About 500 ng from the amplified cDNA sample was used to prepare the SMRTbell library using the Clontech SMARTer PCR cDNA Synthesis Kit (Mountain View, CA, United States) based on the PacBio Isoform Sequencing (Iso-Seq) protocol, according to our earlier publication [51]. Briefly, the cDNA damages were repaired by the addition of DNA Damage Repair Buffer, NAD+ (1mM final concentration), ATP high (1 mM final concentration), dNTP (0.01 mM final concentration), and DNA Damage Repair Mix 37 °C for 20 min (both from the PacBio Template Prep Kit, PacBio, Menlo Park, CA, United States). This was followed by the repairing of the cDNA ends by using the End Repair Mix (PacBio Template Prep Kit). The adapters were ligated to the cDNA samples with ligase enzyme (0.75 unit/µL) and ATP low was also added (0.05 mM final concentration) at 25 °C for 15 min. Finally, the exonuclease treatment was carried out (with ExoIII and ExoVII enzymes from the Template Prep Kit at 37 °C for 1 h) in order to remove the incorrect SMRTbell templates (e.g., with free ends that did not receive an adapter, or contain nicks or other damage) from the library leaving only intact SMRTbell templates. AMPure® PB bead purification steps were performed after each of the enzymatic steps. The SMRTbell library was bound to the P6 DNA polymerase (Pacific Biosciences, Menlo Park, CA, United States) and annealed to v2 primers (PacBio, Menlo Park, CA, United States), then this library-polymerase complex was bound to MagBeads with MagBead Binding Kit (PacBio, Menlo Park, CA, United States). The total amount of the MagBead-bound complex was loaded onto the SMRT Cell. The MagBead One Cell Per Well protocol was used. One SMRT Cell was run on the Sequel platform.

4.4. Oxford Nanopore Technologies Nanopore Sequencing Using the MinION Device

4.4.1. Direct RNA Sequencing

The Direct RNA sequencing (SQK-RNA002) protocol (Version: DRS_9080_v2_revM_14Aug2019) was used to obtain amplification-free transcriptomic data to remove RT and PCR biases, as well as to explore attributes of native RNA such as modified bases. Five hundred nanograms of Poly(A)+-tailed RNA was used. The library preparation was carried out according our previous publication [51] with the following modification: Agencourt RNAClean XP beads (Beckman Coulter, Brea, CA, United States) was used instead of the RNase OUT (Invitrogen)-treated Agencourt XP beads (Beckman Coulter, Brea, CA, USA).

4.4.2. Direct cDNA Sequencing

Non-amplified cDNA libraries were prepared from the poly(A)+ fraction of RNAs from the MdBio strain using the ONT’s Direct cDNA Sequencing Kit (SQK-DCS109; DCS_9090_v109_revJ_14Aug2019, Oxford Nanopore Technologies, Oxford, United Kingdom) according to the manufacturer’s protocol. In brief, the Maxima H Minus Reverse Transcriptase (Thermo Fisher Scientific, Waltham, MA, United States) with SSP and VN primers (supplied in the kit) were used for the synthesis of first cDNA strand from 100 ng of poly(A)+ RNA. Next, the potential RNA contamination was eliminated using RNase Cocktail Enzyme Mix (Thermo Fisher Scientific, Waltham, MA, United States). This step was followed by the second strand synthesis using LongAmp Taq Master Mix (New England Biolabs, Ipswich, MA, United States). Double-stranded cDNA ends were repaired using NEBNext End repair/dA-tailing Module (New England Biolabs, Ipswich, MA, United States), then the sequencing adapter ligation was carried out with the NEB Blunt/TA Ligase Master Mix (New England Biolabs).

4.4.3. Amplified cDNA Sequencing

ONT’s ligation-based sequencing protocol (SQK-LSK109; Version: GDE_9063_v109_revU_14Aug2019).
The ONT’s LSK109 protocol was used for sequencing the Poly(A)-selected oligo(dT)-primed, rRNA-depleted random-primed, or TerminatorTM-handled oligo(dT)-primed samples. The usefulness of the application of TerminatorTM enzyme is that it enriches the capped full-length transcripts, because this enzyme processively digests the RNA molecules with 5´-monophosphate ends but not with 5´-triphosphate, 5´-cap or 5´-hydroxyl groups.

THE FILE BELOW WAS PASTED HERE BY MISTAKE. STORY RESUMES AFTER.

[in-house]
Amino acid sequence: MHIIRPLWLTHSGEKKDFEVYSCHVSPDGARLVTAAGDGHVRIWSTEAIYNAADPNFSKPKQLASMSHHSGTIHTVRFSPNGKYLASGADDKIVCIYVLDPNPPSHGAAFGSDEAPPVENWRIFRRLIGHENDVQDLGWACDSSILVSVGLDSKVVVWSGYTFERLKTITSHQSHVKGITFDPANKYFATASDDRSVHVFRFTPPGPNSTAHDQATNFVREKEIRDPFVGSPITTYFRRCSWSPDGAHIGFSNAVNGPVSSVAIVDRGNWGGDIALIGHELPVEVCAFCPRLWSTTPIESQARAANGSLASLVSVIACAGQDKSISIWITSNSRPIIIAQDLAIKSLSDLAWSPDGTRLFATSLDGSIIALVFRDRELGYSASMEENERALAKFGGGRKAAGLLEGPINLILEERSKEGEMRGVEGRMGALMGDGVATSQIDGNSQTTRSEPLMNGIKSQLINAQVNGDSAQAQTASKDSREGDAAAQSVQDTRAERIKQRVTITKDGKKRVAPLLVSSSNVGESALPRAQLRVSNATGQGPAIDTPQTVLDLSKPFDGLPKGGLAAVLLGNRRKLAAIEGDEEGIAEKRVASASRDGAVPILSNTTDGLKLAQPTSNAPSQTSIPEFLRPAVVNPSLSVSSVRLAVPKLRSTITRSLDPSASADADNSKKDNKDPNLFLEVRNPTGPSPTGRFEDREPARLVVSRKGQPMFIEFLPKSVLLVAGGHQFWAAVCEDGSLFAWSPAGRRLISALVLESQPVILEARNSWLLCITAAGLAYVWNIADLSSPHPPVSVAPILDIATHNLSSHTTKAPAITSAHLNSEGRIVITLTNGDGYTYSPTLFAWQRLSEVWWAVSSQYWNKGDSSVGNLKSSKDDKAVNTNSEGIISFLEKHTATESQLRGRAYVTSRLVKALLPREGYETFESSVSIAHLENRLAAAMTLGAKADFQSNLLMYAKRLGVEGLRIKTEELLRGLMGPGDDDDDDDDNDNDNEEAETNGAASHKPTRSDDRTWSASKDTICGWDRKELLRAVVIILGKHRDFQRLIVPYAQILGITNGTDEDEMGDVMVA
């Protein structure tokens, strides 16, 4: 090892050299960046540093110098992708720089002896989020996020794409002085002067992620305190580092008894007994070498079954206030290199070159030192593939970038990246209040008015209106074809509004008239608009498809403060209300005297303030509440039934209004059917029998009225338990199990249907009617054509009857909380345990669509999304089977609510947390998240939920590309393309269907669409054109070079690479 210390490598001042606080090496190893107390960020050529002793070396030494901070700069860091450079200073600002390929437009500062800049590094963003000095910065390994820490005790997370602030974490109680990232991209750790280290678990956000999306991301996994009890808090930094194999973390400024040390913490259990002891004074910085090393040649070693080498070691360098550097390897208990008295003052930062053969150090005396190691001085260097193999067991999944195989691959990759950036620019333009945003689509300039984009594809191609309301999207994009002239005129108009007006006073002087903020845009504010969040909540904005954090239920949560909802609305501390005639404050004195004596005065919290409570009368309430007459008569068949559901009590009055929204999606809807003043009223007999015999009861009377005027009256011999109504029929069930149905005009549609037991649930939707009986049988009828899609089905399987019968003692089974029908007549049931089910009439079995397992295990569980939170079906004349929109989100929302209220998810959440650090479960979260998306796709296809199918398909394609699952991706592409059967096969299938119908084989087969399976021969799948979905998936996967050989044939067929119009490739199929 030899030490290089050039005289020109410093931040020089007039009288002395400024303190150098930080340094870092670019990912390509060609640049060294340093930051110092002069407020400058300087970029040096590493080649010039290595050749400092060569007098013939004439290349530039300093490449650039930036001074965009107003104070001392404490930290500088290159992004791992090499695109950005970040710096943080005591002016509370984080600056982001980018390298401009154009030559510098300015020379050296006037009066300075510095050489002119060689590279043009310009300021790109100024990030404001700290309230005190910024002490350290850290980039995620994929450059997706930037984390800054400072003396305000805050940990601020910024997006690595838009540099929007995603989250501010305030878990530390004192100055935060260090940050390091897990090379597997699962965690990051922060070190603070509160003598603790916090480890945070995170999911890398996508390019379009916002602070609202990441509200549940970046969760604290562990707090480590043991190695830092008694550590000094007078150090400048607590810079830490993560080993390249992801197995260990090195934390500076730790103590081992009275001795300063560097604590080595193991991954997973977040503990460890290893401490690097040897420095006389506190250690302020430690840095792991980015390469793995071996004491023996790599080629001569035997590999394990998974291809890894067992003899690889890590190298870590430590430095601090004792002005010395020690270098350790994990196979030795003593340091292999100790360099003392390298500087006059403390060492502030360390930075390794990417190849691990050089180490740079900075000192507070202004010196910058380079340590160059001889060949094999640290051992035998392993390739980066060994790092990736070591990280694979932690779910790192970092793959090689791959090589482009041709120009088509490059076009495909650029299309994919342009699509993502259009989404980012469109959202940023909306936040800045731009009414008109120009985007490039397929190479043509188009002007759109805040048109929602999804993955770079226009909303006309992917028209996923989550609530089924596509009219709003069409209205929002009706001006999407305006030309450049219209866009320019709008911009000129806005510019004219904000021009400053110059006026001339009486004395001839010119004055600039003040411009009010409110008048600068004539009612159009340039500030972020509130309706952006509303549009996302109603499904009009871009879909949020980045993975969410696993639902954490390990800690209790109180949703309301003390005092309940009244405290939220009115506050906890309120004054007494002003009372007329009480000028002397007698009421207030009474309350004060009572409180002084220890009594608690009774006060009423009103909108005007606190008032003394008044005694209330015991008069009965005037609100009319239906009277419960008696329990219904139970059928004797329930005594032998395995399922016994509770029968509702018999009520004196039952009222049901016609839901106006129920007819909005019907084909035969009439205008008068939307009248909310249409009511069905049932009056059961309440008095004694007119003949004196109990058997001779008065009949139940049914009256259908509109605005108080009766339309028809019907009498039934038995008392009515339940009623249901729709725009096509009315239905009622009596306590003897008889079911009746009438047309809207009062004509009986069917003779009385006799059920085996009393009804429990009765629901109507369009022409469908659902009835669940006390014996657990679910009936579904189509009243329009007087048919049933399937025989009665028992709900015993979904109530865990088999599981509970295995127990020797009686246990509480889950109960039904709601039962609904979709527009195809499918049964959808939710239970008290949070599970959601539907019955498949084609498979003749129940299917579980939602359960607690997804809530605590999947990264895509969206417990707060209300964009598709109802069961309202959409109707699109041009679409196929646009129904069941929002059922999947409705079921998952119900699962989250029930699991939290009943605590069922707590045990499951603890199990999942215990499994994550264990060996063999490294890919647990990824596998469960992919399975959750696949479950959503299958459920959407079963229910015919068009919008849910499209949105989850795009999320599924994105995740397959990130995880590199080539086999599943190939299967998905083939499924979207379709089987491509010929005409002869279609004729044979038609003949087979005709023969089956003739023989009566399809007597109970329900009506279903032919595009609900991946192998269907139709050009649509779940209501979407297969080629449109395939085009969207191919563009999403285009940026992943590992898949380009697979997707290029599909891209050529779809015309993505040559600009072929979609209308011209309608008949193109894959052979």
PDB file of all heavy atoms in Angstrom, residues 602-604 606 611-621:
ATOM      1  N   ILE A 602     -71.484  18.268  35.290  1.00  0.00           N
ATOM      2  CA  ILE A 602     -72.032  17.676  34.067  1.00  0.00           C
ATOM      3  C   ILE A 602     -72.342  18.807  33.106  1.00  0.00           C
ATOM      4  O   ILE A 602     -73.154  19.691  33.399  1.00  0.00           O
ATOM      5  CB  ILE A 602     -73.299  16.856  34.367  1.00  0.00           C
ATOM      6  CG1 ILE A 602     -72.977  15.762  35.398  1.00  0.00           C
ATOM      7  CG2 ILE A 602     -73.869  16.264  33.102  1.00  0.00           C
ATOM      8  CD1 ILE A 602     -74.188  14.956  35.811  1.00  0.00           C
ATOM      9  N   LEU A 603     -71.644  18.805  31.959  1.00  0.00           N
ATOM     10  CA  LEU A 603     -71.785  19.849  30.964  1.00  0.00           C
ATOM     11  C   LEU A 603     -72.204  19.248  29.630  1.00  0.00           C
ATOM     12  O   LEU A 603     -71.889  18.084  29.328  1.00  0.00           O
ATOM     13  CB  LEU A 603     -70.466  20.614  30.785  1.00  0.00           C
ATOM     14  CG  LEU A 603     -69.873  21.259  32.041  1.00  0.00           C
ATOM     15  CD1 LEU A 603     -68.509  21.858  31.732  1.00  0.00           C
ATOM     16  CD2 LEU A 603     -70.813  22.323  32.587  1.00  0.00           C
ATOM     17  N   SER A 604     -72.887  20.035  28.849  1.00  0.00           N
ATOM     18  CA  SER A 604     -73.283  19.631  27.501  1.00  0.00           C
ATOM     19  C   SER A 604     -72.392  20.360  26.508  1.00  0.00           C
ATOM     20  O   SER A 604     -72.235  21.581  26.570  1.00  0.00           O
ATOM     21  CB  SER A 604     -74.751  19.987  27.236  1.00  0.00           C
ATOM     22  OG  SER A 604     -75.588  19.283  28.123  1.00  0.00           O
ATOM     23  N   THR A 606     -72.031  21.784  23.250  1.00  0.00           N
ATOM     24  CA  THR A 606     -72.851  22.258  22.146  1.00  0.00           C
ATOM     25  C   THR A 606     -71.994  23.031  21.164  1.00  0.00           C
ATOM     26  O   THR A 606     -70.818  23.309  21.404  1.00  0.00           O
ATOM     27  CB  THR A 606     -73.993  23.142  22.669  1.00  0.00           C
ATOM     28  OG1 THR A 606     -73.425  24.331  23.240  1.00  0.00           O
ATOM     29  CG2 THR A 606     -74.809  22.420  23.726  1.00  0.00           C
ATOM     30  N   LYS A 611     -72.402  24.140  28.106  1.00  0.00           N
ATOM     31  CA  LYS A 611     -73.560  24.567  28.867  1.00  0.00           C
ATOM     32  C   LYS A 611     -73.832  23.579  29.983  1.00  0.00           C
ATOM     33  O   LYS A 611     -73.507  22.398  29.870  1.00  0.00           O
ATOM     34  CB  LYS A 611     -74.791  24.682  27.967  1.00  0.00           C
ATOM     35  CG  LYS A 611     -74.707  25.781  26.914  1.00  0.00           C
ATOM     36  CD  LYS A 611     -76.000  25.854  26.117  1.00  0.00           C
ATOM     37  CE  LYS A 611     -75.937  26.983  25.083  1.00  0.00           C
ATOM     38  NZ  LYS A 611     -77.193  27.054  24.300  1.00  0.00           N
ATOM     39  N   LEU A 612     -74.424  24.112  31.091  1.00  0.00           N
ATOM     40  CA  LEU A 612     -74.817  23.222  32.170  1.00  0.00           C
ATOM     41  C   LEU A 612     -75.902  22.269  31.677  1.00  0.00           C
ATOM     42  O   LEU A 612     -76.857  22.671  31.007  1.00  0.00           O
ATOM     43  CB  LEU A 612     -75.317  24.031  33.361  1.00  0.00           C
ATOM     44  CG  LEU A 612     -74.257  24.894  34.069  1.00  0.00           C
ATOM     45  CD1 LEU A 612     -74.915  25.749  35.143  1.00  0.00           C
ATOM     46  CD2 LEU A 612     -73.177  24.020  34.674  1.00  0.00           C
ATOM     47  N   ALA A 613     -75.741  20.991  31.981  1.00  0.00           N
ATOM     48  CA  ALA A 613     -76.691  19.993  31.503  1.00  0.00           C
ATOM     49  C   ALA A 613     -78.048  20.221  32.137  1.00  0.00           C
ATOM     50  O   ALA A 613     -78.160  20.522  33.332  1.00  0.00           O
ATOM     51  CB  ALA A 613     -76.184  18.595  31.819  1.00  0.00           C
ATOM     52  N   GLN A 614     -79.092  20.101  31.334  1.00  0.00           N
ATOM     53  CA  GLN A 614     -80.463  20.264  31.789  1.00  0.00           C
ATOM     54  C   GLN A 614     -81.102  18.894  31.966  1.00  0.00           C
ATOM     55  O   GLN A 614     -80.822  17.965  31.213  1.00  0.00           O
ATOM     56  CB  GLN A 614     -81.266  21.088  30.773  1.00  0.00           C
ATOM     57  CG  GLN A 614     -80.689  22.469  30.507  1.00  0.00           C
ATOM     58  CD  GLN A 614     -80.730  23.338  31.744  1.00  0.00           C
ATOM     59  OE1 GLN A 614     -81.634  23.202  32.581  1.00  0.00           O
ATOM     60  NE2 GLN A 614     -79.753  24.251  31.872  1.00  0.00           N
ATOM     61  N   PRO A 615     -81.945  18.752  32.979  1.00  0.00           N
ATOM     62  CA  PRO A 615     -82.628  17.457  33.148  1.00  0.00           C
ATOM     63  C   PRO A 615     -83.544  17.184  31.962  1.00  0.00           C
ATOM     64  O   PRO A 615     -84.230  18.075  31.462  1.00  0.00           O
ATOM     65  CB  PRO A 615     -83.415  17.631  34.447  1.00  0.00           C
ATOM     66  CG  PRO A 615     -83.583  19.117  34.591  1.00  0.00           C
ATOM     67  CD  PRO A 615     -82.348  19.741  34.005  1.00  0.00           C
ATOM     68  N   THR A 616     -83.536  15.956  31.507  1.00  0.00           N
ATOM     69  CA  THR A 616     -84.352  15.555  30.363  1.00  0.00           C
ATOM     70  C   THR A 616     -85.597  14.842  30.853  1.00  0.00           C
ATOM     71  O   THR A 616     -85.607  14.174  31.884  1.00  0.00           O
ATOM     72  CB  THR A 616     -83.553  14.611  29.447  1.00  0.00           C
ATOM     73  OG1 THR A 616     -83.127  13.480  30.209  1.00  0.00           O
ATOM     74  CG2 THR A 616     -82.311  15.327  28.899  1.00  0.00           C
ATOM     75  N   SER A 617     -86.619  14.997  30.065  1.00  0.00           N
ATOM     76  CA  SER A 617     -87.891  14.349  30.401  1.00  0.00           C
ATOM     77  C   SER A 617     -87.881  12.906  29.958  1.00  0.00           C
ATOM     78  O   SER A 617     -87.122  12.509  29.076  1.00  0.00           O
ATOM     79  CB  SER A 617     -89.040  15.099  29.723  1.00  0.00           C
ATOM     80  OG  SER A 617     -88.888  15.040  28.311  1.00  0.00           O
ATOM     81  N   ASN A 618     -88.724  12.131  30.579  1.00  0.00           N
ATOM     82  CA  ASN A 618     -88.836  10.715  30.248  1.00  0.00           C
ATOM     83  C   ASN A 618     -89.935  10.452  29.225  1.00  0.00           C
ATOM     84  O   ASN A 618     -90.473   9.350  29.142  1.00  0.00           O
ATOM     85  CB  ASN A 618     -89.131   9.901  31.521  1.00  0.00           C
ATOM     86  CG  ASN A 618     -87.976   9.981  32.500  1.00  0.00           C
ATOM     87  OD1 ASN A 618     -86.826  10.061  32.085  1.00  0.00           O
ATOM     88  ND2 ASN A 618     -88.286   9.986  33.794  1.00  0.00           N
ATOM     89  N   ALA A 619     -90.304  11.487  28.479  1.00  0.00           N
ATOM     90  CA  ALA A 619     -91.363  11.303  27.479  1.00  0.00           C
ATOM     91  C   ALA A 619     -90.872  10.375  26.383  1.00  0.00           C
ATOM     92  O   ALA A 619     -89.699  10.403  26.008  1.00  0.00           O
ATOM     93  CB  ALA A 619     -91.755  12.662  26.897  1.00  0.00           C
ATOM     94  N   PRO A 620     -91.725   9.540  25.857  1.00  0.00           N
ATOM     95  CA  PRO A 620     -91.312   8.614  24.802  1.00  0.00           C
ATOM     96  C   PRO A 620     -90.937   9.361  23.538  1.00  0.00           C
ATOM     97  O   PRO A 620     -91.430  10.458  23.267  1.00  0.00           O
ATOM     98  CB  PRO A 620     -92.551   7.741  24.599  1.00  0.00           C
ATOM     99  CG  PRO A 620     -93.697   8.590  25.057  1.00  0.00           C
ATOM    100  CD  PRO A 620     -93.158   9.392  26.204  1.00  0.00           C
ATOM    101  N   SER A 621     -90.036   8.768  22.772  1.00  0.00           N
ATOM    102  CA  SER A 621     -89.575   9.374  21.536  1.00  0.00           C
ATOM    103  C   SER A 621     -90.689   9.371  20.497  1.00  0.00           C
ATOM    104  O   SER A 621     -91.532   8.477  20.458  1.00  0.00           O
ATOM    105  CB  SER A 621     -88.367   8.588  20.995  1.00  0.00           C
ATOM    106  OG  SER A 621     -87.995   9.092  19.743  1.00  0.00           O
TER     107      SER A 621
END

The generation of cDNA was conducted according to our previous publications [31,51] using oligo(dT) or random primers. The DNA repair was carried out according to the SQK-LSK109 protocol. Briefly, the NEBNext FFPE DNA Repair Mix and NEBNext Ultra II End repair/dA-tailing Module reagents (all from New England Biolabs, Ipswich, MA, United States) were mixed with the samples, then the mixtures were incubated at 20 °C for 5 min and at 65 °C for 5 min. This step was followed by the adapter ligation: The NEBNext Quick T4 DNA Ligase (New England Biolabs), the Ligation Buffer, and Adapter Mix (both from ONT’s Kit, ONT, Oxford, United Kingdom) were mixed with the cDNA samples and incubated for 10 min at room temperature. Samples were purified using the AMPure XP magnetic beads (Beckman Coulter, Brea, CA, United States) after each enzymatic step.
1D Strand switching cDNA by ligation method (Version: SSE_9011_v108_revS_18Oct2016) and the ONT Ligation Sequencing Kit 1D (SQK-LSK108) (ONT, Oxford, United Kingdom)
This protocol was used to analyze the random primed cDNA libraries. In short, ribodepleted RNA fraction was used to generate cDNA samples, first it was mixed with dNTPs (10 mM, Thermo Scientific) and random primers (ordered from IDT DNA) and then the mixtures were incubated at 65 °C for 5 min. After this step, the DTT and buffer form the SuperScipt IV Reverse Transcriptase kit (Life Technologies), RNase OUT enzyme (Life Technologies), and strand-switching oligo with three O-methyl-guanine RNA bases (PCR_Sw_mod_3G; Bio Basic, Canada) were added and the mixtures were heated to 42 °C for 2 min. SuperScript IV Reverse Transcriptase enzyme (200 unit) was mixed into the samples. The generation of the first cDNA strand was conducted at 50 °C for 10 min, then the strand switching step was carried out at 42 °C for 10 min. For the inactivation of the enzymes, the samples were heated to 80 °C for 10min. Samples were amplified using the KAPA HiFi DNA Polymerase (Kapa Biosystems, Wilmington, MA, USA) and Ligation Sequencing Kit Primer Mix (provided by the 1D Kit, ONT, Oxford, UK). The NEBNext End repair/dA-tailing Module (New England Biolabs, Ipswich, MA, USA) was applied to repair cDNA ends, while NEB Blunt/TA Ligase Master Mix (New England Biolabs, Ipswich, MA, USA) was used to ligate the adapters (supplied by the kit, New England Biolabs, Ipswich, MA, USA).